and his men were the only inhabitants of that part of the town. The community
was known as Halltown, the name Tiona having been a gift of the railroad.
Stoneham had then derived its name from Leroy Stoneham, an early
settler there. Previous to 1868, while the railroad was in process of construction,
and until 1872, there had been a post-office for a short time in the central
part of the present borough, which was known by the euphonious title of
Pattonia, from Thomas Patton, a contractor on the road ; it was then changed
to Clarendon, in honor of Thomas Clarendon, of New York city, the partner
of F. H. Rockwell. About 1869 or 1870 a post-office was established at Stoneham
by the appointment of J. K. Palmer as postmaster. He was afterward
succeeded by Willard W. White. The next post-office was established at
Tiona, soon after 1870, John Wood being the governmental appointee. At
the older village of Clarendon, about 1874 or 1875, F. H. Rockwell was appointed
the first postmaster. About 1880 Max Koch had a penny-post be-
tween Clarendon and North Clarendon, which resulted in his appointment as
the first postmaster of North Clarendon. His successors are as follows : N. M.
, H. E. Norris, and the present incumbent, A. H. Simpson, who was appointed
in June, 1885.

Of the various mills and manufacturing industries in the township it may
be said : The tannery at Stoneham was started about the year 1868, by Palmer,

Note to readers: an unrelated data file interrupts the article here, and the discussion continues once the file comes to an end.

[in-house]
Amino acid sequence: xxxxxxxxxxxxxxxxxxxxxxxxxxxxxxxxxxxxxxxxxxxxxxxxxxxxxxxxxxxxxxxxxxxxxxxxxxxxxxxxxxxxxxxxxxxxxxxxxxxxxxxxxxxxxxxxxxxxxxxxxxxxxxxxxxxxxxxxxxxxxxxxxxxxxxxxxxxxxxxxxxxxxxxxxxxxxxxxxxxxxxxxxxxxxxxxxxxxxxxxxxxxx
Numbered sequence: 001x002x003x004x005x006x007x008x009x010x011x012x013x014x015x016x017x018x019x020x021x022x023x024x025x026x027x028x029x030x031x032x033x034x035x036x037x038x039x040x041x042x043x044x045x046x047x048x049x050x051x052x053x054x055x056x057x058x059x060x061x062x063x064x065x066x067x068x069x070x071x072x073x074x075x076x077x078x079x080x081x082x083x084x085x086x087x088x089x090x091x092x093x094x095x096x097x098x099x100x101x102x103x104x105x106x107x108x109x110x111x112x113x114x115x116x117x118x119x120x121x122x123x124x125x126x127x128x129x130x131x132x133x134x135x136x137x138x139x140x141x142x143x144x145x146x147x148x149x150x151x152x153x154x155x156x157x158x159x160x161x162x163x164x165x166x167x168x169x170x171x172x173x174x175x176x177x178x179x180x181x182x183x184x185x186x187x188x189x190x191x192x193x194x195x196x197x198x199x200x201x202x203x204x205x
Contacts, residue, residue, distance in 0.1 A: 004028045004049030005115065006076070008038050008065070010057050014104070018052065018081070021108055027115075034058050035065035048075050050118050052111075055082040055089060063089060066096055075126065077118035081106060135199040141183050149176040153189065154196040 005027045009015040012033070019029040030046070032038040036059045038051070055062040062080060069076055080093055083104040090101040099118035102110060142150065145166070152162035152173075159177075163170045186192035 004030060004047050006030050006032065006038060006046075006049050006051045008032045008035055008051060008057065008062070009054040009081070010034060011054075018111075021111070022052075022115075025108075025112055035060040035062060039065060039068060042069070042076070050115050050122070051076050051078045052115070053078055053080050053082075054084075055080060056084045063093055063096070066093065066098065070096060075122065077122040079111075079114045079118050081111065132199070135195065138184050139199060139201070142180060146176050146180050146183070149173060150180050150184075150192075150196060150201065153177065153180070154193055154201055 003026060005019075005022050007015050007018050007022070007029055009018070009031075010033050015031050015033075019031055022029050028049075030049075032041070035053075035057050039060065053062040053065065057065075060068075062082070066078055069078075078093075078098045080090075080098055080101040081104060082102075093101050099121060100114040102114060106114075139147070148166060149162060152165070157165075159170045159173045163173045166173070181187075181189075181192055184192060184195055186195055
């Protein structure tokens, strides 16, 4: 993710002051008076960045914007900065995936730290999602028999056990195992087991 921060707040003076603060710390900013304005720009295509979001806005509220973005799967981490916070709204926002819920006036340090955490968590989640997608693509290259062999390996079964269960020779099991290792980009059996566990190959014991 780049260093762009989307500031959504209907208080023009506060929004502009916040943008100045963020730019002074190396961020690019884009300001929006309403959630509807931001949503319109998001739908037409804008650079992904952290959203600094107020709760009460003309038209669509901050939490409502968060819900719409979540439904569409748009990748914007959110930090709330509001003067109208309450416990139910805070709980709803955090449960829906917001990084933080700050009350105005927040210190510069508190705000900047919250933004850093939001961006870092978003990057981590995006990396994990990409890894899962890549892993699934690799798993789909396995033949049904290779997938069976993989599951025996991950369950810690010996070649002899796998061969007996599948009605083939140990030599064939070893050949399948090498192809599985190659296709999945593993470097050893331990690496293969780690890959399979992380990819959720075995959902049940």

Hill & Co., who after a time failed. Charles Boardman owned the property
for a brief period, and was followed by W. W. White. White & Co. now own
and operate this mill.

F. H. Rockwell started the tannery and saw-mill at Clarendon village about
seven years ago. Brown Brothers & Co. started their saw-mill and planingmill
at North Clarendon about six or seven years ago.

There are now five saw-mills in town, that of the Rogers Brothers, Burton
Alson and Lucien (sketch of Alson Rogers, in other pages); that of Edward
in the north part of the township at the head of Dutchman's Run,
which has been there seven years; that of F. H. Rockwell at Clarendon; that
of Brown Brothers & Co., at North Clarendon, and that of Edward Clapp &
Co., at Tiona. This mill was purchased from Hall by E. G. Wood, who sold
to the present owners about 1870 or 1871.

The Borough of Clarendon.—We have seen that the borough of Clarendon
is of recent origin even as a settlement. It is purely a product of oil operations
and oil excitement, and has had a mushroom growth that would indicate
in most villages a rapid decline and an early death. From its local situation
and the other interests that have been founded here, however, it is quite
evident that this borough is destined to a longer career of prosperity than most
oil towns. It may be that the oil excitement and the free circulation of currency
that accompanies the fever will be ephemeral and that the time will
come when gloomy prophets will think they see their predictions on the road
to verification; but it is more than probable that the near future has for Clarendon
a more healthy growth and a more solid prosperity than has been its
lot in the past.

The borough was chartered in the spring of 1882, when the following officers
were chosen : W. P. Nutting, burgess, resigned and immediately succeeded
by J. R. Clark; councilmen, J. R. Clark, Dr. J. W. Heath, L E. McNett, J.
B. Davis
, R. J. Thompson, and G. M. Hill; clerk, F. M. Aiken, resigned and
succeeded by John A. Wilson; treasurer, L. E. McNett.

A considerable part of the land in Clarendon borough is leased, the owners
numbering but three or four. All of the land within the limits of the borough,
and south of the Sheffield road, was leased by Cornelius Eleston, and reverts
to his heirs. That north of the Sheffield road was originally owned by James